Celtics draft young scorers as they trudge into free agency

Elise Amendola | AP
Elise Amendola | AP
Boston Celtics TV broadcasters Mike Gorman, left, and Tommy Heinsohn speak on air about the team's NBA draft picks, Thursday, June 20, 2019, in Boston. The Celtics selected Romeo Langford with the 14th pick in the NBA draft as they look to fortify a roster facing massive uncertainly with free agency looming.
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The Celtics began Thursday night holding the 14th, 20th, 22nd and 51st picks.
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BOSTON — The Boston Celtics continued to amass more young talent via the NBA draft as they look to fortify a roster facing uncertainty with free agency looming.

The Celtics began Thursday night holding the 14th, 20th, 22nd and 51st picks.

After taking former Indiana guard Romeo Langford at No. 14, Boston selected former Washington guard Mattise Thybulle with the 20th pick, whose rights it planned to send to Philadelphia.

Boston used its 22nd pick to take former Tennessee All-American and two-time Southeastern Conference player of the year Grant Williams. The Celtics selected LSU guard Tremont Waters in the second round with the 51st pick.

“I was just really filled with joy,” Langford said of his selection. “Waiting there a lot of emotions going through my head, going through my body. When my name was called by Boston, I was super-excited.”

In his lone season at Indiana, the 6-foot-6 Langford played through a thumb injury and led the Big Ten and finished sixth nationally in freshman scoring, averaging 16.5 points.

Langford had surgery on his thumb this spring and said he was just recently cleared to begin shooting again. He is the third wing player Boston has selected in the first round in the last four drafts.

Langford said he hasn’t had a chance to watch many NBA games recently because he didn’t have cable in college.

But Celtics coach Brad Stevens called him “a guy that we think has a lot of things that can translate to the NBA.”

Stevens said Williams, who averaged 18.8 points and 7.5 rebounds as a junior, plays with a point guard’s mind.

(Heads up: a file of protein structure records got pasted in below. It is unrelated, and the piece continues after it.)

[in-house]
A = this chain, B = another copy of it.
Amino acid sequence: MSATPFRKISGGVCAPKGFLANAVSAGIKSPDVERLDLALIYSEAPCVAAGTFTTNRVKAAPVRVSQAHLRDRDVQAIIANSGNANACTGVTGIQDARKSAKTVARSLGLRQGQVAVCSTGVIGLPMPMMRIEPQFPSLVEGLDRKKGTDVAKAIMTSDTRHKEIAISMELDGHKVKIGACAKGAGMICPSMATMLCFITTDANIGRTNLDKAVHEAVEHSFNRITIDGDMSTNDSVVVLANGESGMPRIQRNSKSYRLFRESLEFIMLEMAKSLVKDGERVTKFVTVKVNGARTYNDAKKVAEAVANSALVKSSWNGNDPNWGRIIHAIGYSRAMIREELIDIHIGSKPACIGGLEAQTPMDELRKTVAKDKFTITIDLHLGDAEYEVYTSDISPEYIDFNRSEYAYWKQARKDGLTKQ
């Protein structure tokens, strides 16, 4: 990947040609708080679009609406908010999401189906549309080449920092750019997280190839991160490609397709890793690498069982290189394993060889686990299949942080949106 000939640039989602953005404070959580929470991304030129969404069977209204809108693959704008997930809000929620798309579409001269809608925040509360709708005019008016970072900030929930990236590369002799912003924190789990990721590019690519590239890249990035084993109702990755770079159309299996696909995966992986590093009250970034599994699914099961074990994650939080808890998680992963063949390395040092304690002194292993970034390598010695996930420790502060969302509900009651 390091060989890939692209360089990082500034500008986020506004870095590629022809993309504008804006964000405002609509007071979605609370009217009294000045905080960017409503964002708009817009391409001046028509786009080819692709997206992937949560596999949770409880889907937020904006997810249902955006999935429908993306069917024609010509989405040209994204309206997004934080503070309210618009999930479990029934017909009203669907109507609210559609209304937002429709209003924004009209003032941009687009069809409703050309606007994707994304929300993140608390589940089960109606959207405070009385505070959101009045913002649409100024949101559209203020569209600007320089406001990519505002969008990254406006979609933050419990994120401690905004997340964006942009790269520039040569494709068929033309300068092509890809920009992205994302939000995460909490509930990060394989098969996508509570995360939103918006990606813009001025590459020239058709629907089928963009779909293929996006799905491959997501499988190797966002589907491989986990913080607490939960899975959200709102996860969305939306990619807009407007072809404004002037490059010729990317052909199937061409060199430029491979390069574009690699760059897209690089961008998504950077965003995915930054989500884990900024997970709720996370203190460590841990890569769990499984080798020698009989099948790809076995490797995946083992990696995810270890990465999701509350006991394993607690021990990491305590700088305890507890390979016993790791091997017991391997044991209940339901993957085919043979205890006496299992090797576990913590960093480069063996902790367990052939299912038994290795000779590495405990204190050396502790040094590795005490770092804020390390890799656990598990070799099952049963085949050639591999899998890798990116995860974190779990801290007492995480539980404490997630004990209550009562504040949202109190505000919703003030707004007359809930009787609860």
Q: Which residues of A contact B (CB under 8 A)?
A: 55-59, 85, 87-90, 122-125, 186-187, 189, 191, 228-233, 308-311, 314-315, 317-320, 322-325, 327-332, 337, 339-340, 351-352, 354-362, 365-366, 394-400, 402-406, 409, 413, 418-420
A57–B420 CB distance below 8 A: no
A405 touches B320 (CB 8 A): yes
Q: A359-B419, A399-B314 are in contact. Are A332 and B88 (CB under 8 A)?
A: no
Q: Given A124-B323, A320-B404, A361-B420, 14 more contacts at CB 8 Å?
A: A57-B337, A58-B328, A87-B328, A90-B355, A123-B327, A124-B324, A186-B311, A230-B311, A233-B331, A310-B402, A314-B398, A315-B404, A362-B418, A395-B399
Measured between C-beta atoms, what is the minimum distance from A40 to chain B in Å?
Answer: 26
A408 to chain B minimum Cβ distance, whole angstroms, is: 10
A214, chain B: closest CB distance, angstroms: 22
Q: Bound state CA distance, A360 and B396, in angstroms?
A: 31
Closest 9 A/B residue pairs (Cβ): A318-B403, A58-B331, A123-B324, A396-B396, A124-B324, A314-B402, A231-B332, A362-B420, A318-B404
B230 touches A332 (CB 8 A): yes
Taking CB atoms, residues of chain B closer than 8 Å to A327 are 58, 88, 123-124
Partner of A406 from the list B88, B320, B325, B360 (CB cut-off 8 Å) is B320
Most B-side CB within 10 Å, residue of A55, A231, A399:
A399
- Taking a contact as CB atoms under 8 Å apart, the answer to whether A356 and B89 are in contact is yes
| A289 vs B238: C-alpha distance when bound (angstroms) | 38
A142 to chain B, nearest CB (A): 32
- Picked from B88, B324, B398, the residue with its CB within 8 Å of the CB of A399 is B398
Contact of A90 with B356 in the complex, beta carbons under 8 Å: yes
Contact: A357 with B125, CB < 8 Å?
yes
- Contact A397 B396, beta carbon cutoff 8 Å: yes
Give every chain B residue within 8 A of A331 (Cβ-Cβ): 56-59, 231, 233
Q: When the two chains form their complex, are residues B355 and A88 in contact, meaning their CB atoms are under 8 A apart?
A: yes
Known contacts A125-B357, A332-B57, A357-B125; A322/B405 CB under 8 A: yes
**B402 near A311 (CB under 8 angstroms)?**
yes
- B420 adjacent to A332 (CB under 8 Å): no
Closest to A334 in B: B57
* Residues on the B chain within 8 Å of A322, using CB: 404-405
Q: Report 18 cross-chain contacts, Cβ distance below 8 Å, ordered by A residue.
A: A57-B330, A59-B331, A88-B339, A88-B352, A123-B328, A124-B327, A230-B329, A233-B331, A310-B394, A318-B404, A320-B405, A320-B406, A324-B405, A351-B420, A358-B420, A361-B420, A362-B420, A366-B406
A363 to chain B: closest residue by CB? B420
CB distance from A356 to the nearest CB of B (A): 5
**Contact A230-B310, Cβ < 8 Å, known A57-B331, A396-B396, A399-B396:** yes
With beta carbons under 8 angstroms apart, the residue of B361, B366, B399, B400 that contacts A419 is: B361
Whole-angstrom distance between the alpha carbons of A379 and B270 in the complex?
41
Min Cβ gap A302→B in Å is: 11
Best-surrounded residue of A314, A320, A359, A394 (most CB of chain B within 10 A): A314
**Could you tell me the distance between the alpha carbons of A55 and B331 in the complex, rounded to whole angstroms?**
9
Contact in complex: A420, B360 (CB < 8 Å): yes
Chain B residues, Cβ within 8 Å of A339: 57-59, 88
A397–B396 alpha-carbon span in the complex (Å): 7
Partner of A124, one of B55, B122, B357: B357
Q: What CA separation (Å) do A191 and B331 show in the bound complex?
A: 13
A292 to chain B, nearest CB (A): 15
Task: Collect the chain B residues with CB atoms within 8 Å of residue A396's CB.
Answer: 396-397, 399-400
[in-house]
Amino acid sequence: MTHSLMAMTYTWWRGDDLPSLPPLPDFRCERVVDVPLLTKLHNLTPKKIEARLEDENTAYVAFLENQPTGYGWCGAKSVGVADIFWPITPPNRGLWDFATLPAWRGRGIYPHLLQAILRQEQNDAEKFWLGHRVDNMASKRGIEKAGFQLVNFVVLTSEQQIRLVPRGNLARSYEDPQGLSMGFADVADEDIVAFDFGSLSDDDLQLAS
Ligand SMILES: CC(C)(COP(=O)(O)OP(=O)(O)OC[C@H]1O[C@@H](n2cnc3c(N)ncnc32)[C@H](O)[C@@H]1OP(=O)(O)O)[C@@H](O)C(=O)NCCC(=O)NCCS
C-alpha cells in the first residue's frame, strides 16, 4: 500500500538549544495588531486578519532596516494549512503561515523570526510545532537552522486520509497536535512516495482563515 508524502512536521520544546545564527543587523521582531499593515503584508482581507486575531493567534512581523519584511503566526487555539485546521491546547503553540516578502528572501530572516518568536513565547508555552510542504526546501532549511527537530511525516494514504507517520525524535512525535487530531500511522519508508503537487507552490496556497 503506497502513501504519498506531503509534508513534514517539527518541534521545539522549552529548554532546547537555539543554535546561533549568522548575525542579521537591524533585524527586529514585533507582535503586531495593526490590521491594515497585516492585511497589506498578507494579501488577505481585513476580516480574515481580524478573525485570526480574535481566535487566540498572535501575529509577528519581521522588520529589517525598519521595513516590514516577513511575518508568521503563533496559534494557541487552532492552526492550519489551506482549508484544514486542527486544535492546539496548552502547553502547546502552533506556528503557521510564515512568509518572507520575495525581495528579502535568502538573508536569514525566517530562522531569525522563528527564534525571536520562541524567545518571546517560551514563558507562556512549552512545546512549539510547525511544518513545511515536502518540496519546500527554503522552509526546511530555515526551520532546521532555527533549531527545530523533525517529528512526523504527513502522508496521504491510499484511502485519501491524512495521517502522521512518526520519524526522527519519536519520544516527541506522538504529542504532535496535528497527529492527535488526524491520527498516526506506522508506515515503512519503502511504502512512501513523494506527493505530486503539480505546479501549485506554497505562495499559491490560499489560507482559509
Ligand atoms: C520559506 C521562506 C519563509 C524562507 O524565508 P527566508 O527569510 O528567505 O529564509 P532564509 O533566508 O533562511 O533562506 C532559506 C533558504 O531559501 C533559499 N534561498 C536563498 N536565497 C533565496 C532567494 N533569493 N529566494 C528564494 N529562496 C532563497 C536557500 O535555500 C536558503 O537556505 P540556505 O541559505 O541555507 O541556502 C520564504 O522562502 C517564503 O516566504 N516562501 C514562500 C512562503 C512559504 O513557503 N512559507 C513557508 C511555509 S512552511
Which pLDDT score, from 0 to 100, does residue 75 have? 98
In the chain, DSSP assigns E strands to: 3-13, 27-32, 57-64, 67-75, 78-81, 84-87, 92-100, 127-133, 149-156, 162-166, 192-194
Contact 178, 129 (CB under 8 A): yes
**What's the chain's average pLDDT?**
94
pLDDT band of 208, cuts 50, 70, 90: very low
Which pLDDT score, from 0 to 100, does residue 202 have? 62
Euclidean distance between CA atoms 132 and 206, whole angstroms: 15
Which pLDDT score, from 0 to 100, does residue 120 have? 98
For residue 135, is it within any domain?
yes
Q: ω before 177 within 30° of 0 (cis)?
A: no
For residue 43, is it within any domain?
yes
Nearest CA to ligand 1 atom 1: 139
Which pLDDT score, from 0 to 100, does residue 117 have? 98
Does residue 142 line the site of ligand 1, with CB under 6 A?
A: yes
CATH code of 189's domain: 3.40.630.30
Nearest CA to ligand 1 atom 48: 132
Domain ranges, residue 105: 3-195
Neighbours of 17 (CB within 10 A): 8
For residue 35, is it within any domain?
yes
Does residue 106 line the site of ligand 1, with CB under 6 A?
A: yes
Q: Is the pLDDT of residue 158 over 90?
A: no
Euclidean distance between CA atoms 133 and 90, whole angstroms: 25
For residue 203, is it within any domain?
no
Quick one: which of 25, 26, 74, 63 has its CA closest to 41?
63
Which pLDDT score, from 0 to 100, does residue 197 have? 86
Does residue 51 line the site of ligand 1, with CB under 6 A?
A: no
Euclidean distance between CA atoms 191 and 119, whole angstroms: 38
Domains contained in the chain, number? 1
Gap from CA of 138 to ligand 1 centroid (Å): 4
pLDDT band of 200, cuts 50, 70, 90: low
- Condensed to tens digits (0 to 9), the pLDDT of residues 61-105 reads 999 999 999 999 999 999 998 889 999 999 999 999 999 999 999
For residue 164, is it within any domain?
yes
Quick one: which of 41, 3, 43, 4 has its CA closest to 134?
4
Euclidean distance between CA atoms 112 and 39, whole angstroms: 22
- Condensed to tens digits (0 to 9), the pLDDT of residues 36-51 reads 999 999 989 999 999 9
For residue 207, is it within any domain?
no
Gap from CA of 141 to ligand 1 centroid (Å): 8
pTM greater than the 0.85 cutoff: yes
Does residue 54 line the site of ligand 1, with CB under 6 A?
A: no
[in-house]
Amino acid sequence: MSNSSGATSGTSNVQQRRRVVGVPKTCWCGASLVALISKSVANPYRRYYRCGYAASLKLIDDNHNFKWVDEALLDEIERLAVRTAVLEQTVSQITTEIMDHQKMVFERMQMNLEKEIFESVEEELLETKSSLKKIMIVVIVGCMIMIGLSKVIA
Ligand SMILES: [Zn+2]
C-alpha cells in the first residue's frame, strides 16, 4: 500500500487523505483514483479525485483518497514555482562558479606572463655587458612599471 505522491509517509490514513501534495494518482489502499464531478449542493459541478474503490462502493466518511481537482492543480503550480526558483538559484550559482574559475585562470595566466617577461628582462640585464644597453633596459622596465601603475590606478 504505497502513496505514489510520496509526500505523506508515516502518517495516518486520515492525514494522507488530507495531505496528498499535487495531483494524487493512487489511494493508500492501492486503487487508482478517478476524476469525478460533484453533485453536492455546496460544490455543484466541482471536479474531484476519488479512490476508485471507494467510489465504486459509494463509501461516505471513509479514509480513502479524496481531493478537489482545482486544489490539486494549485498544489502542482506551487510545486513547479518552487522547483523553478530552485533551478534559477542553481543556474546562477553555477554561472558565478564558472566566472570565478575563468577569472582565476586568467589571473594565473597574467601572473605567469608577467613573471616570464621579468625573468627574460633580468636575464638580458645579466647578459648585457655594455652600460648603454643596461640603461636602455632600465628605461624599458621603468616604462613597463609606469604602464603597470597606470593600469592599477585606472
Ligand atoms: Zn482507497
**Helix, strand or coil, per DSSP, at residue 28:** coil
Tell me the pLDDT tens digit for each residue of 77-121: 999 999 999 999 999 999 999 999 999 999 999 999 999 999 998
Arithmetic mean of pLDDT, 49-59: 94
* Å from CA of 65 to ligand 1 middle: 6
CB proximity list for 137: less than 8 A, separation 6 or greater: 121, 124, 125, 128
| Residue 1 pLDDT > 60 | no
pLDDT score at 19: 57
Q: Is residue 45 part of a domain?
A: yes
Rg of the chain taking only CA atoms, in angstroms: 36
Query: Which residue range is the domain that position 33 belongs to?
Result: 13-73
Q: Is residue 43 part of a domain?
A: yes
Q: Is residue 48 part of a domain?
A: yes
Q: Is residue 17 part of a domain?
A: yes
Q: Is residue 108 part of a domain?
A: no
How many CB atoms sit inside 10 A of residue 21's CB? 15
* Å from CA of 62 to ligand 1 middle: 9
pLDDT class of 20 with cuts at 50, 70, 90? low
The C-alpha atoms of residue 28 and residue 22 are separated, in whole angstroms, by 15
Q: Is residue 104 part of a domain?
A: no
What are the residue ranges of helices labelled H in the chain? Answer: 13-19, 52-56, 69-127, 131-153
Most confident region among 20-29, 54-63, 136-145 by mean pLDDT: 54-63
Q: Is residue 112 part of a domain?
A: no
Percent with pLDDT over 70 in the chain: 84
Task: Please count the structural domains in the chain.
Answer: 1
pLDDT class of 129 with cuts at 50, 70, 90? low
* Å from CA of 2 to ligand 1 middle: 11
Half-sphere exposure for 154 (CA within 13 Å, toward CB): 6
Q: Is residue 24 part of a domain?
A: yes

“You can run offense through him,” Stevens said. “He thinks the game. He’s a tough, tough guy, and he’s a versatile player who can shoot the ball.”

Williams said he’s ready to fill whatever hole the Celtics need him to.

“I’m a guy that can guard multiple positions,” he said. “I’m a guy who on the offensive end can initiate offense and also be a guy screening, moving the ball efficiently and knocking down open shots. So I feel like fit very well.”

It was an intriguing night for Boston as it trudges into the start of free agency on June 30 knowing that pursuing All-Star center Anthony Davis is no longer a possibility after the Pelicans agreed to trade him to the Lakers. The Celtics also could potentially lose two All-Stars this summer with Kyrie Irving and Al Horford having elected to out of their player options for next season.

The Celtics have been one of the most talked about teams in the NBA for the past two years since acquiring Irving and Gordon Hayward

But after injuries to both disrupted their first season together in 2017-18, locker room infighting and inconsistency on the floor resulted in a woefully disappointing finish this past season.

The preseason favorite in the Eastern Conference, the Celtics finished the regular season 49-33. They were eliminated 4-1 in the conference semifinals by the Milwaukee Bucks.

Boston still has a solid core of talented young players, led by Marcus Smart, Jayson Tatum and Jaylen Brown. But they could lose another young asset this summer in Irving’s backup Terry Rozier, who is a restricted free agent.

Despite the potential roster shake-up, president of basketball operations Danny Ainge said there is a lot of optimism about what’s next.

“I’m excited about our team going forward. I like where we’re headed,” Ainge said. “I like the core, young group of guys. And I think it’s gonna be really fun. … I don’t know exactly what the teams is gonna look like when it’s all done. But free agency starts in 10 days or so and we’ll have more answers then.”

Coach Brad Stevens is also hopeful about the future.

“We’ll have some uncertainty as we move forward, but we’re in pretty good shape,” he said. “We feel good about our foundation and want to learn from certainly the disappointment we all shared but we’re optimistic about the future. That’s been the vibe in the whole building.”



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